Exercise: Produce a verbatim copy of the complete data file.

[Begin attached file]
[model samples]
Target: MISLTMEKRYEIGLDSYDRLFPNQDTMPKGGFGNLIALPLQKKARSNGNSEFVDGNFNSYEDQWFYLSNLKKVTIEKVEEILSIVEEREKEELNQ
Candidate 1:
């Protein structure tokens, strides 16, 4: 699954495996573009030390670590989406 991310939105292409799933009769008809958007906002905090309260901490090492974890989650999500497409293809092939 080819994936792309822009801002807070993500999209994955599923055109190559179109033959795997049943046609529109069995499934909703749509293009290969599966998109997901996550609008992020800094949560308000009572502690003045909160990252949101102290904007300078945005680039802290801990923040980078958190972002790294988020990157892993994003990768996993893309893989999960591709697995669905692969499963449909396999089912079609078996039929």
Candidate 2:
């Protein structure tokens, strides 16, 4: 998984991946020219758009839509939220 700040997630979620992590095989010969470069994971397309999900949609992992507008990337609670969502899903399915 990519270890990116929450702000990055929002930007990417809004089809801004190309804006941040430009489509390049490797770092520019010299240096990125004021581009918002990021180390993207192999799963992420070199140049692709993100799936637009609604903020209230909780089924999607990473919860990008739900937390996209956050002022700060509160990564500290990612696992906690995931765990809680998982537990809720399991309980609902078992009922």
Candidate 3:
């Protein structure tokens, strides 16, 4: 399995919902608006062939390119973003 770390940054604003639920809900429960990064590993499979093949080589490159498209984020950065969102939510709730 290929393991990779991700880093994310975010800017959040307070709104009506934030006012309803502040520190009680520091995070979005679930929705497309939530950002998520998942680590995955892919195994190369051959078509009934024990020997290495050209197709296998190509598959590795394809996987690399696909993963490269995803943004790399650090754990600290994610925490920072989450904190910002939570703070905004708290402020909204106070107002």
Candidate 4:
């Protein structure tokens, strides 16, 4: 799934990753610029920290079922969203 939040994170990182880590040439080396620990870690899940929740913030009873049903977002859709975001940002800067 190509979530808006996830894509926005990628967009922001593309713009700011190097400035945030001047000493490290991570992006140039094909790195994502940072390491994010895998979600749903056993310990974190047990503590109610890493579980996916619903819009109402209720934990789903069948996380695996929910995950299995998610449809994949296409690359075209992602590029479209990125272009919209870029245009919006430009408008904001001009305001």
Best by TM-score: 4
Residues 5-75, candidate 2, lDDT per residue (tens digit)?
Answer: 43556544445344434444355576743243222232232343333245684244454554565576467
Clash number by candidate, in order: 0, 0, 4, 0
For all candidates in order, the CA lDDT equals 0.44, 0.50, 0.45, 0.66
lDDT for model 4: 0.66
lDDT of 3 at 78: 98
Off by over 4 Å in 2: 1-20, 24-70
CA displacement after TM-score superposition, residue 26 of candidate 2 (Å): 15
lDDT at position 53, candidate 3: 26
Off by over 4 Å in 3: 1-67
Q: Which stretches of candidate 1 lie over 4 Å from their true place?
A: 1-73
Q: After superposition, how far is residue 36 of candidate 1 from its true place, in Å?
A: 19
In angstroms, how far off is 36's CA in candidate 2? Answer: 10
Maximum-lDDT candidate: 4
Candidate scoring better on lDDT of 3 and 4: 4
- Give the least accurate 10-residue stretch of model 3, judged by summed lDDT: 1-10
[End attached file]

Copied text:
[model samples]
Target: MISLTMEKRYEIGLDSYDRLFPNQDTMPKGGFGNLIALPLQKKARSNGNSEFVDGNFNSYEDQWFYLSNLKKVTIEKVEEILSIVEEREKEELNQ
Candidate 1:
């Protein structure tokens, strides 16, 4: 699954495996573009030390670590989406 991310939105292409799933009769008809958007906002905090309260901490090492974890989650999500497409293809092939 080819994936792309822009801002807070993500999209994955599923055109190559179109033959795997049943046609529109069995499934909703749509293009290969599966998109997901996550609008992020800094949560308000009572502690003045909160990252949101102290904007300078945005680039802290801990923040980078958190972002790294988020990157892993994003990768996993893309893989999960591709697995669905692969499963449909396999089912079609078996039929």
Candidate 2:
């Protein structure tokens, strides 16, 4: 998984991946020219758009839509939220 700040997630979620992590095989010969470069994971397309999900949609992992507008990337609670969502899903399915 990519270890990116929450702000990055929002930007990417809004089809801004190309804006941040430009489509390049490797770092520019010299240096990125004021581009918002990021180390993207192999799963992420070199140049692709993100799936637009609604903020209230909780089924999607990473919860990008739900937390996209956050002022700060509160990564500290990612696992906690995931765990809680998982537990809720399991309980609902078992009922």
Candidate 3:
């Protein structure tokens, strides 16, 4: 399995919902608006062939390119973003 770390940054604003639920809900429960990064590993499979093949080589490159498209984020950065969102939510709730 290929393991990779991700880093994310975010800017959040307070709104009506934030006012309803502040520190009680520091995070979005679930929705497309939530950002998520998942680590995955892919195994190369051959078509009934024990020997290495050209197709296998190509598959590795394809996987690399696909993963490269995803943004790399650090754990600290994610925490920072989450904190910002939570703070905004708290402020909204106070107002």
Candidate 4:
């Protein structure tokens, strides 16, 4: 799934990753610029920290079922969203 939040994170990182880590040439080396620990870690899940929740913030009873049903977002859709975001940002800067 190509979530808006996830894509926005990628967009922001593309713009700011190097400035945030001047000493490290991570992006140039094909790195994502940072390491994010895998979600749903056993310990974190047990503590109610890493579980996916619903819009109402209720934990789903069948996380695996929910995950299995998610449809994949296409690359075209992602590029479209990125272009919209870029245009919006430009408008904001001009305001």
Best by TM-score: 4
Residues 5-75, candidate 2, lDDT per residue (tens digit)?
Answer: 43556544445344434444355576743243222232232343333245684244454554565576467
Clash number by candidate, in order: 0, 0, 4, 0
For all candidates in order, the CA lDDT equals 0.44, 0.50, 0.45, 0.66
lDDT for model 4: 0.66
lDDT of 3 at 78: 98
Off by over 4 Å in 2: 1-20, 24-70
CA displacement after TM-score superposition, residue 26 of candidate 2 (Å): 15
lDDT at position 53, candidate 3: 26
Off by over 4 Å in 3: 1-67
Q: Which stretches of candidate 1 lie over 4 Å from their true place?
A: 1-73
Q: After superposition, how far is residue 36 of candidate 1 from its true place, in Å?
A: 19
In angstroms, how far off is 36's CA in candidate 2? Answer: 10
Maximum-lDDT candidate: 4
Candidate scoring better on lDDT of 3 and 4: 4
- Give the least accurate 10-residue stretch of model 3, judged by summed lDDT: 1-10